Washington, D.C. has one of the highest rates of hate crimes against the LGBT+ community. So in 2009, a group of young, gay, black LGBT+ teens formed a gang called Check It that was designed to provide “safety in numbers” protection against such violence. The organization is the subject of Check It, a 2016 documentary that recently screened at the Human Rights Art and Film Festival in Melbourne.
Most of the members of Check It are estranged from their families or have otherwise disadvantageous home lives. A lot of them are homeless and many of them turn to prostitution in order to pay rent, eat or just survive. But what else are they supposed to do? When they get kicked out of their homes as young teenagers simply for being different and/or kicked out of school at an even younger age because of perceived behavioral problems, what other recourse do these undereducated black LGBT teenagers have?
Check It doesn’t answer these questions – and doesn’t try to. But it does a great job of outlining the problem and presenting it in a way that WE as a society can also ask those same questions and hopefully answer them – or at the very least be aware of them whether we choose to even seek out those answers or not. The film also wisely distinguishes Check It from a traditional gang by showing how familial and supportive they are of each other to be whoever they are or want to be despite the adversity they face. And it repeatedly reminds the viewer of the circumstances behind who they are, what they do and why.
Check It eventually makes news for their activities and gains notoriety for their fearlessness in fighting back given what they’ve already been through at the hands, fists, knives and guns of others.
Enter Ron “Mo” Moten, a former inmate making good on his own second chance. Understanding that changes to any organization come from the top, he seeks out their leader Tray and has him on his radio show to talk about the group. And noticing that most of these kids are very interested in fashion, Mo arranges for them to be enrolled in a fashion camp run by Jamal Harris, a local fashion show producer.
Mo takes a further interest in Check It member Skittles – who has a natural ability for fighting. Mo introduces Skittles to Duke, who owns a gym where Skittles hone his skills in the boxing ring. Despite the ability, encouragement and opportunity, Skittles starts to show up to the gym less and less – which prompts Mo to seek him out to find out why. The answer isn’t made clear, but Mo knows that he can only do so much and then the rest is up to Skittles (or any other kid for that matter).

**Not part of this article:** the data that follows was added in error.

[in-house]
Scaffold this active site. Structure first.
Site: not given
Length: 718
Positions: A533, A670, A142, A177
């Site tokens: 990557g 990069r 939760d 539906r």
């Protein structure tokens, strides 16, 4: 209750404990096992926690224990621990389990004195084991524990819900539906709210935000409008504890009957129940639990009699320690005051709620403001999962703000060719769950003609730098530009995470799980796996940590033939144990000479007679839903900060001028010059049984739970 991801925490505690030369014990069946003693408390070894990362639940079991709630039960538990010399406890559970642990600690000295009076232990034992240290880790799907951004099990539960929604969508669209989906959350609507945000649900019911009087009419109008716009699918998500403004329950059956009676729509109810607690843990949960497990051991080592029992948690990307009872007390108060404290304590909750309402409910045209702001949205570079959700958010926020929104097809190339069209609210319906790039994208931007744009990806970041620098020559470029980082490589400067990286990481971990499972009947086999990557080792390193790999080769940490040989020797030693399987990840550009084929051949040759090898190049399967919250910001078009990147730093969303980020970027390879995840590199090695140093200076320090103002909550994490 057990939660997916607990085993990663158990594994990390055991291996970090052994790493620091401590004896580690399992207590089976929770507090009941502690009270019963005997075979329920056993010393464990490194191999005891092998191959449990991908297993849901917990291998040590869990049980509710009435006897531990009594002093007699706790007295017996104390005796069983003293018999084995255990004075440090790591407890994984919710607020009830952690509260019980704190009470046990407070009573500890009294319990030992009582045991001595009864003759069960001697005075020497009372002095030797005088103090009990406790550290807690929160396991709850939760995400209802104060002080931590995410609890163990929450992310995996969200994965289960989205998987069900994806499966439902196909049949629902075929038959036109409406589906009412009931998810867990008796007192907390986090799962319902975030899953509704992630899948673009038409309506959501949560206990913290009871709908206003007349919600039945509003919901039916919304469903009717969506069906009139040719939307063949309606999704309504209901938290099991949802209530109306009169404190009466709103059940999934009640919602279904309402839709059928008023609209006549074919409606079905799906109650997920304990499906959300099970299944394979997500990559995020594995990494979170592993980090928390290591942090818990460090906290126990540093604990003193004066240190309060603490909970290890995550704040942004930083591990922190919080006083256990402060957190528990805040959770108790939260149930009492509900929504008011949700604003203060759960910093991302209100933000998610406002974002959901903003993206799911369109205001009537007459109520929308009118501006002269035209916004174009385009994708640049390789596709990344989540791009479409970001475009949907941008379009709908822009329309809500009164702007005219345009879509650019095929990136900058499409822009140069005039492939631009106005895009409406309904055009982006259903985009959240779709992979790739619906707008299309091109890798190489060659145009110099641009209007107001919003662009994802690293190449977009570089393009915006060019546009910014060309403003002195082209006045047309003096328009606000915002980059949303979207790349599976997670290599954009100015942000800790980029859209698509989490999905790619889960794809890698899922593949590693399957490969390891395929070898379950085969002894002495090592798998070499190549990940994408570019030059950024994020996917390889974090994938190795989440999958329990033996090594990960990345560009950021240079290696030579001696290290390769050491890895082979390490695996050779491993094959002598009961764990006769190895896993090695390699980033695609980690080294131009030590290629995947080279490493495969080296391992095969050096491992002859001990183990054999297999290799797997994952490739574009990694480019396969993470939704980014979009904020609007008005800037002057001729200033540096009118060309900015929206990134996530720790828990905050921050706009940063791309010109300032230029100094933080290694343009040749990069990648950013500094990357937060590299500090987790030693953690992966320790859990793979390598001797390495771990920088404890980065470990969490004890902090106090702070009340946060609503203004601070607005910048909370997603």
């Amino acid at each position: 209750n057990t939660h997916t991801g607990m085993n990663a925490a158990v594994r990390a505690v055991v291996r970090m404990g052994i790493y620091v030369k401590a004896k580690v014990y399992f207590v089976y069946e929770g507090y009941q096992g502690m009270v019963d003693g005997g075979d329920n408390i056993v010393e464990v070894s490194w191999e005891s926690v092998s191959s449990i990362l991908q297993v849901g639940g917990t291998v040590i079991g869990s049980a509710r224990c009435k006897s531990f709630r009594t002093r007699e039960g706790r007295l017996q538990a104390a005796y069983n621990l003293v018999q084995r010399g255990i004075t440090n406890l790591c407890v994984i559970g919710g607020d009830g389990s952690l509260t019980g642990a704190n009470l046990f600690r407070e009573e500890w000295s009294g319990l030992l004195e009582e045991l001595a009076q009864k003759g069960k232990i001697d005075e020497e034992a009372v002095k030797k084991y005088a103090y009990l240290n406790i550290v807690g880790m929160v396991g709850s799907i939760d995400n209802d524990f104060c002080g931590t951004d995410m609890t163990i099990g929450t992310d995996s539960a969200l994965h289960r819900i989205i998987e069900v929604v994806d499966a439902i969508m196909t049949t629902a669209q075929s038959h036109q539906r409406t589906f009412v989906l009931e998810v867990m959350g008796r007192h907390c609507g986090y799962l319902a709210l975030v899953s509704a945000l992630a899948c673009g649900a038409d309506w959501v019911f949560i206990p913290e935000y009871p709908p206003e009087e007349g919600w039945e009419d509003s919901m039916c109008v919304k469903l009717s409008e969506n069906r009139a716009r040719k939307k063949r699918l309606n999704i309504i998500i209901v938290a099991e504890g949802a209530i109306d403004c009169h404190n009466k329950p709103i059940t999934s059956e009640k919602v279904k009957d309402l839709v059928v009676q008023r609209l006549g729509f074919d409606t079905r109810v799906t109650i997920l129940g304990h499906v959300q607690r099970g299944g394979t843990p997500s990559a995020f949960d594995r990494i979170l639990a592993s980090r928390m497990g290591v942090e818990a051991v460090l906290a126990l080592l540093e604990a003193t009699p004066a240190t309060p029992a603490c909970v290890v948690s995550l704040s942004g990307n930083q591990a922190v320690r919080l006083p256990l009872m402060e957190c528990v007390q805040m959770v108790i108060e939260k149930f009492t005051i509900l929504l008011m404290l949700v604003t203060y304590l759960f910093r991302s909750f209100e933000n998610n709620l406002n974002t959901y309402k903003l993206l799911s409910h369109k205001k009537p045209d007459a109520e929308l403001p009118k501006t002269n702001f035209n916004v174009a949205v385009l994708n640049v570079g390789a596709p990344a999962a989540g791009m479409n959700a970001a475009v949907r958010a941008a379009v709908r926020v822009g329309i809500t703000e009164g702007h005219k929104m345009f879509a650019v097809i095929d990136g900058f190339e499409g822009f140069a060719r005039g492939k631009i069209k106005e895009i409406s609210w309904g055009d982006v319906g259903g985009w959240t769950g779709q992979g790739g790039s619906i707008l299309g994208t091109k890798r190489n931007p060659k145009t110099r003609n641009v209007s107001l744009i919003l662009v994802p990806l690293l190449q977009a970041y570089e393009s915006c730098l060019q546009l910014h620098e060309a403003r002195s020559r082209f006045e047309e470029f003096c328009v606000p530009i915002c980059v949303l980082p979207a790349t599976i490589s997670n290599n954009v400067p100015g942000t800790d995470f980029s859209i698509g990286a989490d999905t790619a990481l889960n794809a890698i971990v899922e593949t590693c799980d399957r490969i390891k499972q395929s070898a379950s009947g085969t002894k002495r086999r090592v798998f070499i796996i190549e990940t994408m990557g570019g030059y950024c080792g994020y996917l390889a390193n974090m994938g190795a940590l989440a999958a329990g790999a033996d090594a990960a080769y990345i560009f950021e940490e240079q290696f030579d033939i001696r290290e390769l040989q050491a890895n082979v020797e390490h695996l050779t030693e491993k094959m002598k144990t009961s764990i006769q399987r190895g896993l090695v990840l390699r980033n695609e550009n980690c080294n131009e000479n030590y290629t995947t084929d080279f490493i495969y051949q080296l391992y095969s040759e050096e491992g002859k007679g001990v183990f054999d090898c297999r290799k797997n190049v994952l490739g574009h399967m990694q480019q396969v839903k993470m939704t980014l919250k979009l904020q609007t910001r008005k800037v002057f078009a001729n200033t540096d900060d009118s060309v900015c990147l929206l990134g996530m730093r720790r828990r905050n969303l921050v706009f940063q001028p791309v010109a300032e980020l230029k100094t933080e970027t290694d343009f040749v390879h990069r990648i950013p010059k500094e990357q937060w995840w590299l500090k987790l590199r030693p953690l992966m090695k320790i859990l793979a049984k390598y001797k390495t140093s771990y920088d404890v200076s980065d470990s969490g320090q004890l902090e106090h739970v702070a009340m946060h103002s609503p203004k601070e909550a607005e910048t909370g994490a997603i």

Toward the end of the film, the stories of Tray and Skittles present as a sad dichotomy between those like Tray who will at least try to take advantage of opportunities presented to him and those like Skittles who may or may not.
Check It ends shortly after the fashion show, but it doesn’t do so with any conclusions or resolutions – nor should it. Instead, Check It ends with a primary call to awareness and a secondary call to action by pointing out that all of this goes on just a few miles from where the most powerful people in the world can orchestrate change. And whether or not they or anyone else are aware of what’s going on right under their noses or do but just don’t care, young teenagers will be kicked out of their house or out of school and take to the streets to be embraced by Check It. And the cycle will just continue until things actually do change.
As is the case for any documentary about a potentially uncomfortable subject, Check It deserves as much distribution and exposure as possible – both for its importance and for its ability to orchestrate the change it desires.
My only concern is that because the film doesn’t beat people over the head with its messaging — as may be necessary because given how slow people are to concern themselves with what doesn’t affect them directly, such change might come a bit slower than it should.